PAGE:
Atomistry » Nitrogen » Chemical Properties » Monochloramine
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Monochloramine, NH2Cl

Gattermann came to the conclusion that the chlorination of ammonia occurs in three stages:

  1. NH3 + Cl2 = NH2Cl (monochloramine) + HCl,
  2. NH2Cl + Cl2 = NHCl2 (dichloramine) + HCl,
  3. NHCl2 + Cl2 = NCl3 (trichloramine) + HCl;

but it was not found possible to isolate either mono- or di-chloramine by this method. Raschig,5 however, prepared monochloramine by mixing dilute equimolecular solutions of ammonia and sodium hypochlorite, and distilling the mixture at low temperatures in a vacuum:

NH3 + NaOCl = NH2Cl + NaOH.

An unstable yellow liquid is obtained which can be solidified into colourless unstable crystals with melting-point -66° C.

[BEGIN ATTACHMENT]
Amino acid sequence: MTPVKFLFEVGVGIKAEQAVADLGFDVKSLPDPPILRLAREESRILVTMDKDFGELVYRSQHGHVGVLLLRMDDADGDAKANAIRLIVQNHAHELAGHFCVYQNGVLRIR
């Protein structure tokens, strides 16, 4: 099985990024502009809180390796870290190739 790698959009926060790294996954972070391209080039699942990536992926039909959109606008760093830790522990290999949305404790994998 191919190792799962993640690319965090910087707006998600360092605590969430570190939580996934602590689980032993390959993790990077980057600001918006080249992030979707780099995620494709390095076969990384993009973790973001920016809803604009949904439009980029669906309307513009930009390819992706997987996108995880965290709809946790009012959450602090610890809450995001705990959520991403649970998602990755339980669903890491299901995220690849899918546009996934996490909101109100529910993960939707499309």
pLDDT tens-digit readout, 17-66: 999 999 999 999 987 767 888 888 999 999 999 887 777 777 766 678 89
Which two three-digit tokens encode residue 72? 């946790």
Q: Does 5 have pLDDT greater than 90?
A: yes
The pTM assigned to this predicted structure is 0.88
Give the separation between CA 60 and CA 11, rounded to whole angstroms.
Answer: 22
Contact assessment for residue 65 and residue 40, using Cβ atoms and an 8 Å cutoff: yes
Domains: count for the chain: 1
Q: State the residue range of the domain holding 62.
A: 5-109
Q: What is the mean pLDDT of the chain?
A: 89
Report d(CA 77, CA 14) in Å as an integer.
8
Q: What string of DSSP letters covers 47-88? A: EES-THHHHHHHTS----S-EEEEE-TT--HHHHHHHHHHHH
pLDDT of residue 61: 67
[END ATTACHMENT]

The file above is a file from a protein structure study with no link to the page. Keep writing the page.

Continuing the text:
Monochloramine is also produced by the hydrolysis of potassium cliloramino-sulphonate with dilute mineral acids:

NHCl.SO3K + H2O = NH2Cl + KHSO4.

Monochloramine is decomposed by alkalies with the formation of ammonia and nitrogen:

(i) 3NH2Cl + 3KOH = NH3 + N2 + 3KCl + 3H2O,

(ii) 3NH2Cl + 2NH3 = N2 + 3NH4Cl;

but at the same time some of the ammonia reacts with the chloramine to produce a small amount of hydrazine hydrochloride:

(iii) NH2Cl + NH3 = N2H4.HCl.

Monochloramine reacts with potassium iodide to form nitrogen iodide.
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